Hanuman had no desire for name or fame. He preferred to live in mountains and caves. He practiced total brahmacharya which was a very strange thing for a simian. Even when he lived with Sri Rama in the palace he lived like a hermit without indulging the senses. This was what gave him so much spiritual power. If yoga is the ability to control the mind, then Hanuman was the perfect yogi, having perfect mastery over his senses, achieved through a disciplined lifestyle and strict adherence to celibacy and undeviating devotion to his master. He had absolute faith in his master. Every event in his life was a gift from his master to be accepted without question. His life is a classic example to be followed by all devotees of God in any form. He shows us how a devotee should spend his or her life so as to reach the Supreme. It is said that Narada once asked Brahma to tell him who he considered to be the greatest devotee of Vishnu. No doubt the sage thought his own name would be first in the list. However Brahma directed him to Prahlada, king of the Asuras for whose sake Vishnu had taken the avatara of Narasimha. Prahlada with his characteristic humility told him to approach Hanuman who was the greatest devotee of Vishnu since he chanted the name of Rama constantly.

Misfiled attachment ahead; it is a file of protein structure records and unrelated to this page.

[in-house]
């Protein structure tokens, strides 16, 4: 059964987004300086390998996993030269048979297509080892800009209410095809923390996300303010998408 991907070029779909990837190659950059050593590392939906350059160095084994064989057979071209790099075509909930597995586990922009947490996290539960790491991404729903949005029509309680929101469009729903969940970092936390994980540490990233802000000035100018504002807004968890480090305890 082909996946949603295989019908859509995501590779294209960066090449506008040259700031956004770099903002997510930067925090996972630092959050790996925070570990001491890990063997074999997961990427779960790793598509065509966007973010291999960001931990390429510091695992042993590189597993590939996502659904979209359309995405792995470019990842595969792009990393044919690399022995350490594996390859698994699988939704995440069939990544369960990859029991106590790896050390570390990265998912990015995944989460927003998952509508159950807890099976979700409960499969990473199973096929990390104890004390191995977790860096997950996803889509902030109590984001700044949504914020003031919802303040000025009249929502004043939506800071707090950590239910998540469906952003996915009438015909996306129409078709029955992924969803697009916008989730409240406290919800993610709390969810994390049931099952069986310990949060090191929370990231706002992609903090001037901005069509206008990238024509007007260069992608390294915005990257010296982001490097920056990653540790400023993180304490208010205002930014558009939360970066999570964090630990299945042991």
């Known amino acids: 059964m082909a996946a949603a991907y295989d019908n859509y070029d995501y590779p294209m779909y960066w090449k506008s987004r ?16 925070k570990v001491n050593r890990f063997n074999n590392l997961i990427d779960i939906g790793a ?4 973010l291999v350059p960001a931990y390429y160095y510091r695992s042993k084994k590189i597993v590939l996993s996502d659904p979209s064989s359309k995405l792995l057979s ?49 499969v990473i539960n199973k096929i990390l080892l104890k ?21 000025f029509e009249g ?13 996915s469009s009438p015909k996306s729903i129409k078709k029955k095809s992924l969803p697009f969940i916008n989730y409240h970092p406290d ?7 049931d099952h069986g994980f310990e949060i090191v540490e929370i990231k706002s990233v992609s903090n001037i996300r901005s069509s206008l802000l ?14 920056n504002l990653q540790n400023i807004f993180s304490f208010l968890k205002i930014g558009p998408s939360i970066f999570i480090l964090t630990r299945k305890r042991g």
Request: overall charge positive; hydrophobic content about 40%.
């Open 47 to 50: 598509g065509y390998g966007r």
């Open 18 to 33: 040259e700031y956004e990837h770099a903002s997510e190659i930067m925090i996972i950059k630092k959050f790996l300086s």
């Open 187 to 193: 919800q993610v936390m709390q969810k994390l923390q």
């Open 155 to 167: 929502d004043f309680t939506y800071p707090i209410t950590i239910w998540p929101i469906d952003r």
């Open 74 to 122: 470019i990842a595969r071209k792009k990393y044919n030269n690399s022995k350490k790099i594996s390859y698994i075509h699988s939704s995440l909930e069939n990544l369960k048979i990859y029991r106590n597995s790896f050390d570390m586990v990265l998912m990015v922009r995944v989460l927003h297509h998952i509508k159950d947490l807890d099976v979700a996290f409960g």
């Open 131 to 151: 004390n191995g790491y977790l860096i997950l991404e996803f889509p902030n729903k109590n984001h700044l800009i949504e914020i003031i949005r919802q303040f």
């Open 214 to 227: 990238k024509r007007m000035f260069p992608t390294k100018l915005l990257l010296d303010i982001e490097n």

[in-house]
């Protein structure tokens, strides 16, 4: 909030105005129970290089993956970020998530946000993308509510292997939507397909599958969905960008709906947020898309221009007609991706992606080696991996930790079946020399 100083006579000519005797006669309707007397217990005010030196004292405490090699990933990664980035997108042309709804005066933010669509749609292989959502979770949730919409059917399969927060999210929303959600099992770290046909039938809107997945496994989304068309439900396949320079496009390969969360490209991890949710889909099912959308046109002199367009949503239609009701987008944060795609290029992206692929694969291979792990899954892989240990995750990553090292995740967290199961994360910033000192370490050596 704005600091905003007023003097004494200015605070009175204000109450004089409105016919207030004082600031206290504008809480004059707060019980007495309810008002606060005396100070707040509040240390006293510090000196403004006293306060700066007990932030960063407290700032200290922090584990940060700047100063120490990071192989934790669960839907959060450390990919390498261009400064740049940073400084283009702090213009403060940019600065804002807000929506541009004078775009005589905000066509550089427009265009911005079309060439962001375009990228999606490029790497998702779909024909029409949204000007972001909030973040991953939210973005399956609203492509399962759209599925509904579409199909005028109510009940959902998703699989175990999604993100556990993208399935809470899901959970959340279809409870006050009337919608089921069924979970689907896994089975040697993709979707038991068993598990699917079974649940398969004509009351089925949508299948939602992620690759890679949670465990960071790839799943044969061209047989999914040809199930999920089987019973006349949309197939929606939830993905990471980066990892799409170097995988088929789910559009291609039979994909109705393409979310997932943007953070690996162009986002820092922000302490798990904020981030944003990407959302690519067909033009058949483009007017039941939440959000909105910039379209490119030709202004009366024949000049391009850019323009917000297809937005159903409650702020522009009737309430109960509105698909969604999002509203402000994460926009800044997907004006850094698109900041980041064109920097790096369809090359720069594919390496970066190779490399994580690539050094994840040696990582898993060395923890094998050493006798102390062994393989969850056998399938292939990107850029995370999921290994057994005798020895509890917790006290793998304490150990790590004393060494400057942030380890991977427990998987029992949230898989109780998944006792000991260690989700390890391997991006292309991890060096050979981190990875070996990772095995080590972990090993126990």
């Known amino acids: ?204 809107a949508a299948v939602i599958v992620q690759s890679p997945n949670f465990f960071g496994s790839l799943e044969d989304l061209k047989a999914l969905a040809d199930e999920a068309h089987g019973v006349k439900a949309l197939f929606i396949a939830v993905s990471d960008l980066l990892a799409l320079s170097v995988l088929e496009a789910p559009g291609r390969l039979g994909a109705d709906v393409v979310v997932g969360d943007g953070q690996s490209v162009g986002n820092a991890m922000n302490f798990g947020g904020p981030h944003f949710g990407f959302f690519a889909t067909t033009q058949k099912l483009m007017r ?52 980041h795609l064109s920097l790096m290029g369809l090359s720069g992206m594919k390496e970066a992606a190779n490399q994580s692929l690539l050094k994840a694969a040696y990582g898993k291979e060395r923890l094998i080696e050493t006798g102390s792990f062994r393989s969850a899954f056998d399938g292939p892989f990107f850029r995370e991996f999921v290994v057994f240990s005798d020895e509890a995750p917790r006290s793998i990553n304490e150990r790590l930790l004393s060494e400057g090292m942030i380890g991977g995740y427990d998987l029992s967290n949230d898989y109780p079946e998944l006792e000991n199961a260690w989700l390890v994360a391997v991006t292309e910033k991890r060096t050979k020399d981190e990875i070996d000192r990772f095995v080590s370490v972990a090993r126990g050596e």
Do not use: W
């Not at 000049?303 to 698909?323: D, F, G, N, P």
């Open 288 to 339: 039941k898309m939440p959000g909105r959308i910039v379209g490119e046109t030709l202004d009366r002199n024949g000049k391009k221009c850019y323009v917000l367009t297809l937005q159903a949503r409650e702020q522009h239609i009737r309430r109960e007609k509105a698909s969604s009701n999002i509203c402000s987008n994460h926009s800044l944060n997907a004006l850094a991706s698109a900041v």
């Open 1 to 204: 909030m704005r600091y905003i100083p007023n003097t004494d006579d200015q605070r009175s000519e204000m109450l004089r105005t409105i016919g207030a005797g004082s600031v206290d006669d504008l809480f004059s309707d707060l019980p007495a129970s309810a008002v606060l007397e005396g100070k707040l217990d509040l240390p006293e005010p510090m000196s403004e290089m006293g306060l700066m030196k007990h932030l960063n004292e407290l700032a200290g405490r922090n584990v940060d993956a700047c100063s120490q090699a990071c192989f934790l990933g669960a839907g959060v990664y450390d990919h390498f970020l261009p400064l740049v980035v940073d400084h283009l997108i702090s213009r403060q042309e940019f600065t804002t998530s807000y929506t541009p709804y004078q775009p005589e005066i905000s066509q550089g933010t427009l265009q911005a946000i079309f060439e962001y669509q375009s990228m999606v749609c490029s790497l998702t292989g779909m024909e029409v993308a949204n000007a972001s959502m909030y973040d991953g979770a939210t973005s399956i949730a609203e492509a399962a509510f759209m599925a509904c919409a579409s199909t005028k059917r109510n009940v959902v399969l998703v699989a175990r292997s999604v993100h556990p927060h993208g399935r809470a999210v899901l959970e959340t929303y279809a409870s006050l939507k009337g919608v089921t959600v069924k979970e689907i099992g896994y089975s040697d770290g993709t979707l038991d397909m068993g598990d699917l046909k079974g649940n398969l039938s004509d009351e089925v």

Hanuman spent his entire life in the service of others. First he served Sugriva, then Rama. Hinduism gives many types of devotion to God. He practiced bhakti through the “dasya bhava” or the attitude of the servant. This type of devotion is perfect for destroying the ego. He performed his duties humbly and modestly and with utmost devotion. Hanuman was a perfect Karma Yogi since he performed his actions with detachment, dedicating everything to Rama. He was totally free from any desire for personal aggrandisement. In the whole of the Ramayana there is no incident in which he did anything for himself. All his feats were for the sake of others. When he narrated the tales of the war to his mother, she chided him for not killing Ravana and rescuing Sita by himself, which would have made him more famous than Rama. Hanuman replied that his life was not given to gain fame for himself but for serving Rama. His utter selflessness comes into prominence when he saw how dejected Valmiki was after reading Hanuman’s version of the Ramayana which he thought to be far superior to his own. Without a thought Hanuman threw his own immortal classic into the sea to save Valmiki from shame.